White made about $12 million from selling his Enron shares, the last of which he sold Oct. 30 at $12.86 a share.
"This is a textbook example of why we have ethics rules," the top Democrat on the House Government Reform panel, Rep. Henry Waxman, D-Calif., said in early March. "Had Secretary White divested his holdings in a timely way, no questions would be raised about his conduct."
White also acknowledged traveling with his wife on an Army aircraft to Colorado at the beginning of March. While there he completed a house sale in Aspen, raising questions as to whether he used a military plane for personal business.
White said he was traveling outside Washington as part of the Bush administration's "continuity of government" plan, which requires some senior leaders to be outside the capital to ensure government survivability should a major terror attack occur.
He said he also went to Dallas and Seattle on official Army business during the trip and described Colorado as a convenient weekend stopover in between.
In another Enron development Wednesday, Sen. Joe Lieberman, chairman of the Governmental Affairs Committee, asked the White House to disclose further contacts with Enron.
In a letter dated Wednesday, the Connecticut Democrat requested detailed information from the White House and the U.S. archivist about communications between Enron and eight government agencies involved in energy policy, dating from 1992.
The agencies include the departments of Labor, Energy and Commerce and the Federal Energy Regulatory Commission.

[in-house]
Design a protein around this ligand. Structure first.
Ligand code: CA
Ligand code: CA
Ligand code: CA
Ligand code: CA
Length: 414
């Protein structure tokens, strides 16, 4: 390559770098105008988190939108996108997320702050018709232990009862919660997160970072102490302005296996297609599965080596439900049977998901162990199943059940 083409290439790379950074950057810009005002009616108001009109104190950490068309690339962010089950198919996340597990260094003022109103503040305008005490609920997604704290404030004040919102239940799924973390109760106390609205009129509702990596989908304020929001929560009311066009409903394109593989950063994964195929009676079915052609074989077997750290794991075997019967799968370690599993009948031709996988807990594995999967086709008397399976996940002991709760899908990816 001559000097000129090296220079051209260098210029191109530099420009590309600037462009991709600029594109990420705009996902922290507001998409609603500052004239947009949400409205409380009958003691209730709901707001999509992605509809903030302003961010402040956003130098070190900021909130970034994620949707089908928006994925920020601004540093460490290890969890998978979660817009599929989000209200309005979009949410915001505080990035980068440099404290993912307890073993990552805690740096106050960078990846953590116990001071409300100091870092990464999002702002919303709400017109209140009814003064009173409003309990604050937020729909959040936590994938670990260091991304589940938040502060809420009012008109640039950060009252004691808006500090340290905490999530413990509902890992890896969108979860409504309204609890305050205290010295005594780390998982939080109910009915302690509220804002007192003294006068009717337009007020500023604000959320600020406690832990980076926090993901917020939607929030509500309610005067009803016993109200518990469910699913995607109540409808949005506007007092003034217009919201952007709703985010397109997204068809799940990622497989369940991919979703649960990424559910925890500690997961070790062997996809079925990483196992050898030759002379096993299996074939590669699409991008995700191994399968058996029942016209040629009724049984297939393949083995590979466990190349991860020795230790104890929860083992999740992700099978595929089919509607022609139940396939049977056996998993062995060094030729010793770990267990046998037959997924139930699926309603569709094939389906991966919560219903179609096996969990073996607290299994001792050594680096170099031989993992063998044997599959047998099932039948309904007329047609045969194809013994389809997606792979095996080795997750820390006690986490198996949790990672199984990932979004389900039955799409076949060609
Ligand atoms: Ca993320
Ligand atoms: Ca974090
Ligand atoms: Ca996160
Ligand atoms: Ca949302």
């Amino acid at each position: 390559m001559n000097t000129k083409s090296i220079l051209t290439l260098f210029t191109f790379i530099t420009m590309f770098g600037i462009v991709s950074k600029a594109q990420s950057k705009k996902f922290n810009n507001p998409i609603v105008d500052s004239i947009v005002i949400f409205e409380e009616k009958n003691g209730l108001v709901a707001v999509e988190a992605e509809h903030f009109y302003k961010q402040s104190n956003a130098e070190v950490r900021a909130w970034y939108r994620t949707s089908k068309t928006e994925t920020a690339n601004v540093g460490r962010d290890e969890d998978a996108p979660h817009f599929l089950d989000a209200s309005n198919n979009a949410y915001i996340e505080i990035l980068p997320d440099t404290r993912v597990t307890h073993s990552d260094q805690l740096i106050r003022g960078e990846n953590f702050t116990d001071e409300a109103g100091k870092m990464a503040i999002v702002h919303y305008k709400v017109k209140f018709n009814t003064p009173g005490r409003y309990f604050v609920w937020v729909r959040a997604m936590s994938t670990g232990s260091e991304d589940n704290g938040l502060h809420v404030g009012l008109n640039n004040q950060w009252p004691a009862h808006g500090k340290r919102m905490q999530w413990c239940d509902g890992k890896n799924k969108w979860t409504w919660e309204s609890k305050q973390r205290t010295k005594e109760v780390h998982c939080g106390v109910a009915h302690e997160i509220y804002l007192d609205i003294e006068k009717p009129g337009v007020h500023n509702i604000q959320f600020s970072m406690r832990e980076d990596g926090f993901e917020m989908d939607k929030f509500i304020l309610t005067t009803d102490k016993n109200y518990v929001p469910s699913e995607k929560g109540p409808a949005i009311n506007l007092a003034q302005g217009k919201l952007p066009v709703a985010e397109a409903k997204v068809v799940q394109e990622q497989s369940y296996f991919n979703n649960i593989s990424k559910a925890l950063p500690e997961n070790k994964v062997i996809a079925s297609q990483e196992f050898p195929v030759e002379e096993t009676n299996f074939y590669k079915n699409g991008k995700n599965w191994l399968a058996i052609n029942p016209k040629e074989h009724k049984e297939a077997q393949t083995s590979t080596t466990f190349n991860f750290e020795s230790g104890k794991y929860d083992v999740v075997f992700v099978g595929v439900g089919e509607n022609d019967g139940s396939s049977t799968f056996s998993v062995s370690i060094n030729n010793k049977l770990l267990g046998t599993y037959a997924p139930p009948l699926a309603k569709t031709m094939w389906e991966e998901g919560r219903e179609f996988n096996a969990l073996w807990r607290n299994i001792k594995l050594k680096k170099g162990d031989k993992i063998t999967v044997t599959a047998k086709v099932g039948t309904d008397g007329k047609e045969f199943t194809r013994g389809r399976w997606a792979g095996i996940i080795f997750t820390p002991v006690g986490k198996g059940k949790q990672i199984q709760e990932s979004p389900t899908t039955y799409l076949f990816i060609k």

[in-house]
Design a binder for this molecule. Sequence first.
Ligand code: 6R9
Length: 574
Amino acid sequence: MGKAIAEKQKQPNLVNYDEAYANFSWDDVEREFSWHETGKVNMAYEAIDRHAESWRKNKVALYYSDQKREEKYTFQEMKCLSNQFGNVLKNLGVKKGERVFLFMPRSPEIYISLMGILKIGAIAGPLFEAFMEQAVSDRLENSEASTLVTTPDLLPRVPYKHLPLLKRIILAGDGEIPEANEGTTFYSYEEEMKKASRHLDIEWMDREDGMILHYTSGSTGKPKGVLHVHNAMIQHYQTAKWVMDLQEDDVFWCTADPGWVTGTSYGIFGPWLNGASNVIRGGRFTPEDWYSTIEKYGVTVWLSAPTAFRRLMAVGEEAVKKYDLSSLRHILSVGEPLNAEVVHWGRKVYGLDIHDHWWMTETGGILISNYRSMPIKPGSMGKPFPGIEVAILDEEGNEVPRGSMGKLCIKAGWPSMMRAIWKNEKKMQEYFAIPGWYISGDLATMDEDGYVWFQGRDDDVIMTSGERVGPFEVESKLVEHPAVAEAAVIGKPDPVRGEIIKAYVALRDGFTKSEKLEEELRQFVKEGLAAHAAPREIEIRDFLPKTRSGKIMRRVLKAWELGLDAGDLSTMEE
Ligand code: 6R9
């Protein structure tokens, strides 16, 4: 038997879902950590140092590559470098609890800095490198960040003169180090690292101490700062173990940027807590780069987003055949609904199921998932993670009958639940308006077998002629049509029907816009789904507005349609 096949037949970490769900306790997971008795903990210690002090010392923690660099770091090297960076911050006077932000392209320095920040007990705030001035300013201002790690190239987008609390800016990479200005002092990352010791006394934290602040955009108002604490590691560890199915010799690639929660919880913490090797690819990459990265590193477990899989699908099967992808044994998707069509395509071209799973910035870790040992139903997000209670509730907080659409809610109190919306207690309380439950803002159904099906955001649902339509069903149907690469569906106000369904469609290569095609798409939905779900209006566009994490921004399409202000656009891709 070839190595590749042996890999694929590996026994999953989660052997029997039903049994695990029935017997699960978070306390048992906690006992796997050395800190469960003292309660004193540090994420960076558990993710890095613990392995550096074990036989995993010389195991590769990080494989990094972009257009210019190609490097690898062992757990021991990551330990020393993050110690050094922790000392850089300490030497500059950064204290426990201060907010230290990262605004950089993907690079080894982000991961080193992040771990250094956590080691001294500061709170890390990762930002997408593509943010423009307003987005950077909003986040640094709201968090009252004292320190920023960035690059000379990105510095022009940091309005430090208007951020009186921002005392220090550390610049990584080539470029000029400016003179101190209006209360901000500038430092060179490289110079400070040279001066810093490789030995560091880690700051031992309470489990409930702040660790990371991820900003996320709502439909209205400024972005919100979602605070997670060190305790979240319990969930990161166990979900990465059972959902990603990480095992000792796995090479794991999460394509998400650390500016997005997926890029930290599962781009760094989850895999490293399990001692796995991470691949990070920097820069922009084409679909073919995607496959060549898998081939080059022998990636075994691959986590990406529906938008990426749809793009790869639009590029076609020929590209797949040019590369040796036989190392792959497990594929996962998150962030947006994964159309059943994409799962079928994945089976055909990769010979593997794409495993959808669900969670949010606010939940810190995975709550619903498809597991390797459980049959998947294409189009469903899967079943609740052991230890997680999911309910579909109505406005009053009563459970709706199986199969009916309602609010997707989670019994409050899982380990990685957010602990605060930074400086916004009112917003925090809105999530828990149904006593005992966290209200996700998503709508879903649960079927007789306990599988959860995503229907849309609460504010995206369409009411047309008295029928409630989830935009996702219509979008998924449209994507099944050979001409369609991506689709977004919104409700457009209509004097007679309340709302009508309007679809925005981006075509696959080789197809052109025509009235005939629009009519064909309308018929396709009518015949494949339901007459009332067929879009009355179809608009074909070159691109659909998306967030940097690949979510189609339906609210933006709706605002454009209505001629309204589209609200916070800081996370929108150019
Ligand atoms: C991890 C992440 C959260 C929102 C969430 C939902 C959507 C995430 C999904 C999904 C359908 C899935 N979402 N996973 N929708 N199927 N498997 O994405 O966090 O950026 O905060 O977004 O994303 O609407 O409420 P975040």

Lieberman said he "will not hesitate to ask for anything that helps us to investigate as thoroughly as possible what the federal government might have done to prevent, or at least anticipate, Enron's demise."
Army secretary says he's clean on Enron
Ex-employee made $31 million last year
Washington Post Thursday, March 28, 2002
Washington -- In his first extensive remarks on the Enron Corp. controversy, Army Secretary Thomas White said yesterday that he had had no improper contacts with ex-colleagues from the company that employed him for 11 years.
White said Defense Secretary Donald Rumsfeld spoke with him Monday and Tuesday about how he was faring in his job, and Rumsfeld was "very supportive, " White said. The two talked about news reports on White's contacts with former Enron colleagues and his performing personal business while on the job, White said.
"I've been very clear with the secretary that if I ever get to the point as the secretary where the Enron business represents a major and material distraction . . . or if the president or the secretary of defense ever expresses to me that they don't have any confidence in my ability to do this job . . . then I wouldn't stay," White said at the Pentagon.